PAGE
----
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Is this good practice? - Create an object instance in a loop

Hello

I am relatively new to C#, but have done a bit of Java in the past. I can not remember however if this is good practice?

I have this code

foreach(string fileName in fileEntries)
{
ArrayList fileDetailsArrayList = new ArrayList(); ***************
                  
FileInfo fi = new FileInfo(fileName);
long fileSize = fi.Length;
                  
//put the name and size into an ArrayList
fileDetailsArrayList.Add(fileName);
fileDetailsArrayList.Add(fileSize);
                  
//add the fileDetailsArrayList to the global Arraylist
arrayList.Add(fileDetailsArrayList);
}

My question is concerning the line marked with the ***'s. Is this good practice? Every time that chunk of code loops it will create a new ArrayList called fileDetailsArrayList, which works, but something in my mind tells me i'm causing unnessaccary memory usage or something.

If its all good, and C# handles it ok, then thats fine :-)
0
pee_cee
Asked:
pee_cee
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1 Solution
 
Thandava VallepalliCommented:
No problem.  CLR (Runtime Engine) is will handle it.......
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Jesse HouwingScrum Trainer | Microsoft MVP | ALM Ranger | ConsultantCommented:
It's better to do this:

ArrayList fileDetailsArrayList = null;
FileInfo fi = null;
long fileSize = 0;

foreach(string fileName in fileEntries)
{
fileDetailsArrayList = new ArrayList();
fi = new FileInfo(fileName);
fileSize = fi.Length;
               
//put the name and size into an ArrayList
fileDetailsArrayList.Add(fileName);
fileDetailsArrayList.Add(fileSize);
               
//add the fileDetailsArrayList to the global Arraylist
arrayList.Add(fileDetailsArrayList);
}

As this prevents pointer allocation on each.
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makerpCommented:
The code posted by ToAoM does not provide any significant performance gains, all it does is unneccesarily increase the scope of your variables. Stick with what you have, its more consise.

-P
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makerpCommented:
>>As this prevents pointer allocation on each.

how is this so, each loop still causes new to be called. its just down to where in the code the variables are declared, in your case outside of the loop instead of inside. in anycase there are still 3 variables declared taking up exactly the same amount of space.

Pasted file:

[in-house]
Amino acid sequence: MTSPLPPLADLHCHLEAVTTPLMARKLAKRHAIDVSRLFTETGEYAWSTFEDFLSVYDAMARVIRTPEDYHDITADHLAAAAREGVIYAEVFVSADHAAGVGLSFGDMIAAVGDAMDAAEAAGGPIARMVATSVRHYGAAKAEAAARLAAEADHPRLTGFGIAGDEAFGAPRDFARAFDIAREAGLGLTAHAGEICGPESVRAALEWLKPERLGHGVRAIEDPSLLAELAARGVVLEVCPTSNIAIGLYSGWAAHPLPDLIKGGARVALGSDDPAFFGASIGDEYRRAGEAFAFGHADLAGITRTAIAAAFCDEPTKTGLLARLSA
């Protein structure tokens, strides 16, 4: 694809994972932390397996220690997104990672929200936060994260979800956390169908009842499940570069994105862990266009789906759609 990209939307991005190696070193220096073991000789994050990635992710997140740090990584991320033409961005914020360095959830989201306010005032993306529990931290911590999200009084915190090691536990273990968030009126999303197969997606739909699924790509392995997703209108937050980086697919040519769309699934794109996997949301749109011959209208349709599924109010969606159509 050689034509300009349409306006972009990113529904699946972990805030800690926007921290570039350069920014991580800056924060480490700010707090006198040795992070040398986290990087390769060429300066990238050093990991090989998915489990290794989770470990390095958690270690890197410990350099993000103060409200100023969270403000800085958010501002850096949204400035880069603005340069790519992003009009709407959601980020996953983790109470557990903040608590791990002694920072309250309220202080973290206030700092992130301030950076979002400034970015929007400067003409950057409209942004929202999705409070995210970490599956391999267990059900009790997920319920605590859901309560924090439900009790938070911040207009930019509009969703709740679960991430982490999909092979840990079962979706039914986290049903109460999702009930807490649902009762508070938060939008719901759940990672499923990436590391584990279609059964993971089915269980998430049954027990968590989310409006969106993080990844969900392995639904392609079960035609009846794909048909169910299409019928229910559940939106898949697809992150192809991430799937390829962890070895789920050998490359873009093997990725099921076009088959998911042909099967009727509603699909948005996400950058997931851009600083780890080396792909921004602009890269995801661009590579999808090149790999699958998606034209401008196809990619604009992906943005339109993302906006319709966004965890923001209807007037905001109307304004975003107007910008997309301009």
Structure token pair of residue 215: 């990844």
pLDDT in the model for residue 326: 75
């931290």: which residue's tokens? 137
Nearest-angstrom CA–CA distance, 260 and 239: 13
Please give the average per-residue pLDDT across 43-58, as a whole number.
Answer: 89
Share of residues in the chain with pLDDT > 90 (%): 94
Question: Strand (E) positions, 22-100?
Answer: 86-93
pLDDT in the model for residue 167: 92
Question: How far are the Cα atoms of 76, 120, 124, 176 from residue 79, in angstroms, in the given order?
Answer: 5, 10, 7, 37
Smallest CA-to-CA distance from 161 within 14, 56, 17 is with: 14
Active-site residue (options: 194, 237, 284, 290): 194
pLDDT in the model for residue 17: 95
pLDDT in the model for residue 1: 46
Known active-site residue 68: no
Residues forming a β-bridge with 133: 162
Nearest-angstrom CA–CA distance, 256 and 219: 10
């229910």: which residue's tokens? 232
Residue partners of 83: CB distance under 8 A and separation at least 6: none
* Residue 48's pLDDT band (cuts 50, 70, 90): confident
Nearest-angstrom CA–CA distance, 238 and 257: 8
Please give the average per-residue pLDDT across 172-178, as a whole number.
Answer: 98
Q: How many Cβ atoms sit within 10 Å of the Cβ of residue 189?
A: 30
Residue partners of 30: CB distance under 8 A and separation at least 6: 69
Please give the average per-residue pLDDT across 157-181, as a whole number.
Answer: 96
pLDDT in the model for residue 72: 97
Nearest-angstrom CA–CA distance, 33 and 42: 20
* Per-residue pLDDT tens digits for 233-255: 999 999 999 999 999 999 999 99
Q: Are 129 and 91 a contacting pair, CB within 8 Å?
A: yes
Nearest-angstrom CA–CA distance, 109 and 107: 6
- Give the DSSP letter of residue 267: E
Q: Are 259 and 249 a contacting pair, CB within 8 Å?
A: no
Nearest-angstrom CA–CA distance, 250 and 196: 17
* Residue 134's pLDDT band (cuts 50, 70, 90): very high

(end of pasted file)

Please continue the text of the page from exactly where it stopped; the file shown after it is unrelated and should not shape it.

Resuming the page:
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pee_ceeAuthor Commented:
Ok, so really there was nothing wrong with my code?
If this is the case, i assume itsvtk gets the points?
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Jesse HouwingScrum Trainer | Microsoft MVP | ALM Ranger | ConsultantCommented:
There is nothing wrong with it, but it is common to declare your variables outside of a loop, so that they don't get declared and removed each time round. The performance normally is neglectable, but in some cases it can give you a major increase in speed, especially if the variables internally use a lot of value types.
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Razzie_Commented:
I agree with ToAoM - declare it outside the loop because inside it CAN cause a performance loss.

But what I don't understand is why you would initialize the arraylist inside the loop anyway. Why not just:

ArrayList fileDetailsArrayList = new ArrayList();

foreach(string fileName in fileEntries)
{
             
FileInfo fi = new FileInfo(fileName);
long fileSize = fi.Length;
             
//put the name and size into an ArrayList
fileDetailsArrayList.Add(fileName);
fileDetailsArrayList.Add(fileSize);
             
//add the fileDetailsArrayList to the global Arraylist
arrayList.Add(fileDetailsArrayList);
}


----------------------------

This would be even better.
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pee_ceeAuthor Commented:
That would not work for me, as fileDetailsArrayList needs to be empty each time i enter the loop.
With that suggestion, i believe the fileDetailsArrayList will just grow in size.

I'm not really keen on this implementation anyway, so may be rethinking the design anyway!

I'll give points to ToAoM, but if anyone disagrees, i'm sure an admin can sort it out!
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Razzie_Commented:
Ok then what I don't understand is why you want to create an arraylist only to add 1 long and 1 string to the global arraylist? seems like overkill to me anyway and bad for performance! You should think about using a Hashtable instead and store a filename with its corresponding filesize as a key / value pair.

Regards,

Razzie
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pee_ceeAuthor Commented:
a-ha. sounds like a plan batman. i shall look into this.

basically, i want a list of lots of files, with their sizes.
i remember doing java hashtables many moons ago.....i shall investigate.

thanks for the help all.
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